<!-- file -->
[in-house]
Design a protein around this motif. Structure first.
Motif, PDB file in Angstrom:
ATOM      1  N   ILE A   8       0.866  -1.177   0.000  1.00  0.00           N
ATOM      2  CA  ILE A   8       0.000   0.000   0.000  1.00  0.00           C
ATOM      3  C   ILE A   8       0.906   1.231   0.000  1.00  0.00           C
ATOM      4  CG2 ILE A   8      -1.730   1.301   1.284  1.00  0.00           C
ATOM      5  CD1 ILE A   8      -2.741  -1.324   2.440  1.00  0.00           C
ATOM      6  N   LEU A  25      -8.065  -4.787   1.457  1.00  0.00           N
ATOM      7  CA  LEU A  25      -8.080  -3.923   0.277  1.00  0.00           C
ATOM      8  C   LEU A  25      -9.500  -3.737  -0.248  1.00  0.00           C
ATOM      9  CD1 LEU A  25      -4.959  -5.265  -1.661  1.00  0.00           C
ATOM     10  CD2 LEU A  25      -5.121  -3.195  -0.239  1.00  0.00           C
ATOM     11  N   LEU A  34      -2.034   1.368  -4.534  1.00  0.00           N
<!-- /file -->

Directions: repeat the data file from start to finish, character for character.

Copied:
[in-house]
Design a protein around this motif. Structure first.
Motif, PDB file in Angstrom:
ATOM      1  N   ILE A   8       0.866  -1.177   0.000  1.00  0.00           N
ATOM      2  CA  ILE A   8       0.000   0.000   0.000  1.00  0.00           C
ATOM      3  C   ILE A   8       0.906   1.231   0.000  1.00  0.00           C
ATOM      4  CG2 ILE A   8      -1.730   1.301   1.284  1.00  0.00           C
ATOM      5  CD1 ILE A   8      -2.741  -1.324   2.440  1.00  0.00           C
ATOM      6  N   LEU A  25      -8.065  -4.787   1.457  1.00  0.00           N
ATOM      7  CA  LEU A  25      -8.080  -3.923   0.277  1.00  0.00           C
ATOM      8  C   LEU A  25      -9.500  -3.737  -0.248  1.00  0.00           C
ATOM      9  CD1 LEU A  25      -4.959  -5.265  -1.661  1.00  0.00           C
ATOM     10  CD2 LEU A  25      -5.121  -3.195  -0.239  1.00  0.00           C
ATOM     11  N   LEU A  34      -2.034   1.368  -4.534  1.00  0.00           N